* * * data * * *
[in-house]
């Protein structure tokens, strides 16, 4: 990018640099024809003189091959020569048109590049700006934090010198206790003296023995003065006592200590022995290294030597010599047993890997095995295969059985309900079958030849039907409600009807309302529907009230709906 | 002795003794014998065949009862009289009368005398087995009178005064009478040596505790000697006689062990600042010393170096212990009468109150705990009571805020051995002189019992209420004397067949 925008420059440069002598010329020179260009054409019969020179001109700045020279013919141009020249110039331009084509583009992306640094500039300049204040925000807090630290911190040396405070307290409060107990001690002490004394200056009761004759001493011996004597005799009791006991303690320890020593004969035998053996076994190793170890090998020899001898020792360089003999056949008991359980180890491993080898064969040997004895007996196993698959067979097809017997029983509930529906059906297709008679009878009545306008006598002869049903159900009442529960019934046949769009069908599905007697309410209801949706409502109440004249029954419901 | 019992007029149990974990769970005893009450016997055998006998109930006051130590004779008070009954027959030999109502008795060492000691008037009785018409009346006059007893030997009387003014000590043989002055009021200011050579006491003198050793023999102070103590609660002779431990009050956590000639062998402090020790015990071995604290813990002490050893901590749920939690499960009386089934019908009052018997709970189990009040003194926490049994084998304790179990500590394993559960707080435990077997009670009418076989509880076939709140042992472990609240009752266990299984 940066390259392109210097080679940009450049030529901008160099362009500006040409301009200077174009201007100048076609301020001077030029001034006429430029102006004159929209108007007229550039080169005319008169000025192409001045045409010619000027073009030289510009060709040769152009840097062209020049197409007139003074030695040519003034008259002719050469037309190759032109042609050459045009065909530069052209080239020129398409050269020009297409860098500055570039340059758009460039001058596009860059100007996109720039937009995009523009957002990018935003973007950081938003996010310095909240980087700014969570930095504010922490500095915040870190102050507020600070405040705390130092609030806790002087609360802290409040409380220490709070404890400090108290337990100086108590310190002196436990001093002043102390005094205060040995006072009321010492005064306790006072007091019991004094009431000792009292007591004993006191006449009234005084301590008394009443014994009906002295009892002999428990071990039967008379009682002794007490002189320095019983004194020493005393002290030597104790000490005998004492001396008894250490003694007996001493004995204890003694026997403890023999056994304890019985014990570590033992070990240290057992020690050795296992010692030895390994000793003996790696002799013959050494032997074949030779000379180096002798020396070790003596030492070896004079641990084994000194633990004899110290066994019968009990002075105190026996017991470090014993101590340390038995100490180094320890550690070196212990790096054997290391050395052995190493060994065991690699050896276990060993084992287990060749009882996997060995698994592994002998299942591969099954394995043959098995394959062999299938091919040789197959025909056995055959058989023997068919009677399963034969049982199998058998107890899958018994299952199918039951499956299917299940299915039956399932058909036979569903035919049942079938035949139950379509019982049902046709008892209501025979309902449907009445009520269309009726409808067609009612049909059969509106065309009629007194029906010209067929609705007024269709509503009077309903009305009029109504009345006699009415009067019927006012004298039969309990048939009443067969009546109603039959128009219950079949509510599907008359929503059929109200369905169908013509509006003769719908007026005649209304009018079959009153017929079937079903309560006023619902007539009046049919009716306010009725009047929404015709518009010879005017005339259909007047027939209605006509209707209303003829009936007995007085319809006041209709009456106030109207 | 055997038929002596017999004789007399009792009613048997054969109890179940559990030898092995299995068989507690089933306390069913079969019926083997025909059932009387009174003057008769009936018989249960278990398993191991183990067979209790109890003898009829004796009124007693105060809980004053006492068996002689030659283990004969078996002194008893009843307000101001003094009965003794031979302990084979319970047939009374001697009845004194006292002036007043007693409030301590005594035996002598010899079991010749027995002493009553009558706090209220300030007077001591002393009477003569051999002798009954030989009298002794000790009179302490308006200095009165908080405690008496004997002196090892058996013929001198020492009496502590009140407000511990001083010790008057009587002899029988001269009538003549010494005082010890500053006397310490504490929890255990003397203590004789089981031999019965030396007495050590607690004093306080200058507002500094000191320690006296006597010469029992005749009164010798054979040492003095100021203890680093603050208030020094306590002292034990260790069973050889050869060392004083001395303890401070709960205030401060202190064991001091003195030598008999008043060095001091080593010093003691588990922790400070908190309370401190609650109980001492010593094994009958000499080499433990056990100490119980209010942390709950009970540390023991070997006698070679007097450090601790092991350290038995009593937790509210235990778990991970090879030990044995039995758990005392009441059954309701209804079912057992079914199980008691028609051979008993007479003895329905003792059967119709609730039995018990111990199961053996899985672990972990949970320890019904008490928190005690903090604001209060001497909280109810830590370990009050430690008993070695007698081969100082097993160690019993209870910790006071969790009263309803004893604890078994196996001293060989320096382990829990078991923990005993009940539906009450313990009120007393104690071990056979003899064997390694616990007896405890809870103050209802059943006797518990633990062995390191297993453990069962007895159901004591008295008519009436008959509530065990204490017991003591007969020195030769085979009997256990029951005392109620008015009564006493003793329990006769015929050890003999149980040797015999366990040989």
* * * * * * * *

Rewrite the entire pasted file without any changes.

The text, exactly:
[in-house]
């Protein structure tokens, strides 16, 4: 990018640099024809003189091959020569048109590049700006934090010198206790003296023995003065006592200590022995290294030597010599047993890997095995295969059985309900079958030849039907409600009807309302529907009230709906 | 002795003794014998065949009862009289009368005398087995009178005064009478040596505790000697006689062990600042010393170096212990009468109150705990009571805020051995002189019992209420004397067949 925008420059440069002598010329020179260009054409019969020179001109700045020279013919141009020249110039331009084509583009992306640094500039300049204040925000807090630290911190040396405070307290409060107990001690002490004394200056009761004759001493011996004597005799009791006991303690320890020593004969035998053996076994190793170890090998020899001898020792360089003999056949008991359980180890491993080898064969040997004895007996196993698959067979097809017997029983509930529906059906297709008679009878009545306008006598002869049903159900009442529960019934046949769009069908599905007697309410209801949706409502109440004249029954419901 | 019992007029149990974990769970005893009450016997055998006998109930006051130590004779008070009954027959030999109502008795060492000691008037009785018409009346006059007893030997009387003014000590043989002055009021200011050579006491003198050793023999102070103590609660002779431990009050956590000639062998402090020790015990071995604290813990002490050893901590749920939690499960009386089934019908009052018997709970189990009040003194926490049994084998304790179990500590394993559960707080435990077997009670009418076989509880076939709140042992472990609240009752266990299984 940066390259392109210097080679940009450049030529901008160099362009500006040409301009200077174009201007100048076609301020001077030029001034006429430029102006004159929209108007007229550039080169005319008169000025192409001045045409010619000027073009030289510009060709040769152009840097062209020049197409007139003074030695040519003034008259002719050469037309190759032109042609050459045009065909530069052209080239020129398409050269020009297409860098500055570039340059758009460039001058596009860059100007996109720039937009995009523009957002990018935003973007950081938003996010310095909240980087700014969570930095504010922490500095915040870190102050507020600070405040705390130092609030806790002087609360802290409040409380220490709070404890400090108290337990100086108590310190002196436990001093002043102390005094205060040995006072009321010492005064306790006072007091019991004094009431000792009292007591004993006191006449009234005084301590008394009443014994009906002295009892002999428990071990039967008379009682002794007490002189320095019983004194020493005393002290030597104790000490005998004492001396008894250490003694007996001493004995204890003694026997403890023999056994304890019985014990570590033992070990240290057992020690050795296992010692030895390994000793003996790696002799013959050494032997074949030779000379180096002798020396070790003596030492070896004079641990084994000194633990004899110290066994019968009990002075105190026996017991470090014993101590340390038995100490180094320890550690070196212990790096054997290391050395052995190493060994065991690699050896276990060993084992287990060749009882996997060995698994592994002998299942591969099954394995043959098995394959062999299938091919040789197959025909056995055959058989023997068919009677399963034969049982199998058998107890899958018994299952199918039951499956299917299940299915039956399932058909036979569903035919049942079938035949139950379509019982049902046709008892209501025979309902449907009445009520269309009726409808067609009612049909059969509106065309009629007194029906010209067929609705007024269709509503009077309903009305009029109504009345006699009415009067019927006012004298039969309990048939009443067969009546109603039959128009219950079949509510599907008359929503059929109200369905169908013509509006003769719908007026005649209304009018079959009153017929079937079903309560006023619902007539009046049919009716306010009725009047929404015709518009010879005017005339259909007047027939209605006509209707209303003829009936007995007085319809006041209709009456106030109207 | 055997038929002596017999004789007399009792009613048997054969109890179940559990030898092995299995068989507690089933306390069913079969019926083997025909059932009387009174003057008769009936018989249960278990398993191991183990067979209790109890003898009829004796009124007693105060809980004053006492068996002689030659283990004969078996002194008893009843307000101001003094009965003794031979302990084979319970047939009374001697009845004194006292002036007043007693409030301590005594035996002598010899079991010749027995002493009553009558706090209220300030007077001591002393009477003569051999002798009954030989009298002794000790009179302490308006200095009165908080405690008496004997002196090892058996013929001198020492009496502590009140407000511990001083010790008057009587002899029988001269009538003549010494005082010890500053006397310490504490929890255990003397203590004789089981031999019965030396007495050590607690004093306080200058507002500094000191320690006296006597010469029992005749009164010798054979040492003095100021203890680093603050208030020094306590002292034990260790069973050889050869060392004083001395303890401070709960205030401060202190064991001091003195030598008999008043060095001091080593010093003691588990922790400070908190309370401190609650109980001492010593094994009958000499080499433990056990100490119980209010942390709950009970540390023991070997006698070679007097450090601790092991350290038995009593937790509210235990778990991970090879030990044995039995758990005392009441059954309701209804079912057992079914199980008691028609051979008993007479003895329905003792059967119709609730039995018990111990199961053996899985672990972990949970320890019904008490928190005690903090604001209060001497909280109810830590370990009050430690008993070695007698081969100082097993160690019993209870910790006071969790009263309803004893604890078994196996001293060989320096382990829990078991923990005993009940539906009450313990009120007393104690071990056979003899064997390694616990007896405890809870103050209802059943006797518990633990062995390191297993453990069962007895159901004591008295008519009436008959509530065990204490017991003591007969020195030769085979009997256990029951005392109620008015009564006493003793329990006769015929050890003999149980040797015999366990040989």